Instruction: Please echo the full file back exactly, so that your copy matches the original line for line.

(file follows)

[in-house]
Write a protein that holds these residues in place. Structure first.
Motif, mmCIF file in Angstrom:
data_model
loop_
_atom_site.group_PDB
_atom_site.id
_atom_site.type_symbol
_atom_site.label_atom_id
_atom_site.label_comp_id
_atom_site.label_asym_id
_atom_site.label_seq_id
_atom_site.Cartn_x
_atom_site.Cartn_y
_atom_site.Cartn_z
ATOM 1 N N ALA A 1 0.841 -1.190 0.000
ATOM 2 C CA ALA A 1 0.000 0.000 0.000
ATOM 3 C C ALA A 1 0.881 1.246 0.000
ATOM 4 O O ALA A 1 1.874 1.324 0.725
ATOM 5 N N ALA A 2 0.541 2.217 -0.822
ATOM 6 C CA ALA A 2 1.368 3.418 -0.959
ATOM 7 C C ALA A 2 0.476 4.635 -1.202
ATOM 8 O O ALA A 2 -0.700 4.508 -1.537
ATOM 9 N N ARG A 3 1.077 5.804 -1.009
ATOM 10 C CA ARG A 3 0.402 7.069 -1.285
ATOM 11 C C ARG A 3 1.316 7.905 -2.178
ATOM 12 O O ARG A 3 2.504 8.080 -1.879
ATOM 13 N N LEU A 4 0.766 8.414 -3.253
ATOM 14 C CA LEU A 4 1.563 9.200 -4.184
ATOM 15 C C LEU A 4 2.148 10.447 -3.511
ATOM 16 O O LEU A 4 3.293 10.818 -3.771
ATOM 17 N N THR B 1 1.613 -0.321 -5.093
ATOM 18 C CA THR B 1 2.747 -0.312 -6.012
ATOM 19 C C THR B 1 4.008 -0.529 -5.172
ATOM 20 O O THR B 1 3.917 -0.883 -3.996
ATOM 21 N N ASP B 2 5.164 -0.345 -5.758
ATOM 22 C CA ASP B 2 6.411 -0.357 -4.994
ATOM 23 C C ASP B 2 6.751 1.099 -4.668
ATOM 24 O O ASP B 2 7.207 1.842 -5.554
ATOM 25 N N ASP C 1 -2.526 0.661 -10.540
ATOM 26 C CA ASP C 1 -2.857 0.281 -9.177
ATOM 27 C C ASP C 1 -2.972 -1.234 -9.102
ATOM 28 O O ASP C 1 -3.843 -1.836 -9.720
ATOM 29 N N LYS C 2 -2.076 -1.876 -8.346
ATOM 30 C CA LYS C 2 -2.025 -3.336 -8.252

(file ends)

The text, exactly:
[in-house]
Write a protein that holds these residues in place. Structure first.
Motif, mmCIF file in Angstrom:
data_model
loop_
_atom_site.group_PDB
_atom_site.id
_atom_site.type_symbol
_atom_site.label_atom_id
_atom_site.label_comp_id
_atom_site.label_asym_id
_atom_site.label_seq_id
_atom_site.Cartn_x
_atom_site.Cartn_y
_atom_site.Cartn_z
ATOM 1 N N ALA A 1 0.841 -1.190 0.000
ATOM 2 C CA ALA A 1 0.000 0.000 0.000
ATOM 3 C C ALA A 1 0.881 1.246 0.000
ATOM 4 O O ALA A 1 1.874 1.324 0.725
ATOM 5 N N ALA A 2 0.541 2.217 -0.822
ATOM 6 C CA ALA A 2 1.368 3.418 -0.959
ATOM 7 C C ALA A 2 0.476 4.635 -1.202
ATOM 8 O O ALA A 2 -0.700 4.508 -1.537
ATOM 9 N N ARG A 3 1.077 5.804 -1.009
ATOM 10 C CA ARG A 3 0.402 7.069 -1.285
ATOM 11 C C ARG A 3 1.316 7.905 -2.178
ATOM 12 O O ARG A 3 2.504 8.080 -1.879
ATOM 13 N N LEU A 4 0.766 8.414 -3.253
ATOM 14 C CA LEU A 4 1.563 9.200 -4.184
ATOM 15 C C LEU A 4 2.148 10.447 -3.511
ATOM 16 O O LEU A 4 3.293 10.818 -3.771
ATOM 17 N N THR B 1 1.613 -0.321 -5.093
ATOM 18 C CA THR B 1 2.747 -0.312 -6.012
ATOM 19 C C THR B 1 4.008 -0.529 -5.172
ATOM 20 O O THR B 1 3.917 -0.883 -3.996
ATOM 21 N N ASP B 2 5.164 -0.345 -5.758
ATOM 22 C CA ASP B 2 6.411 -0.357 -4.994
ATOM 23 C C ASP B 2 6.751 1.099 -4.668
ATOM 24 O O ASP B 2 7.207 1.842 -5.554
ATOM 25 N N ASP C 1 -2.526 0.661 -10.540
ATOM 26 C CA ASP C 1 -2.857 0.281 -9.177
ATOM 27 C C ASP C 1 -2.972 -1.234 -9.102
ATOM 28 O O ASP C 1 -3.843 -1.836 -9.720
ATOM 29 N N LYS C 2 -2.076 -1.876 -8.346
ATOM 30 C CA LYS C 2 -2.025 -3.336 -8.252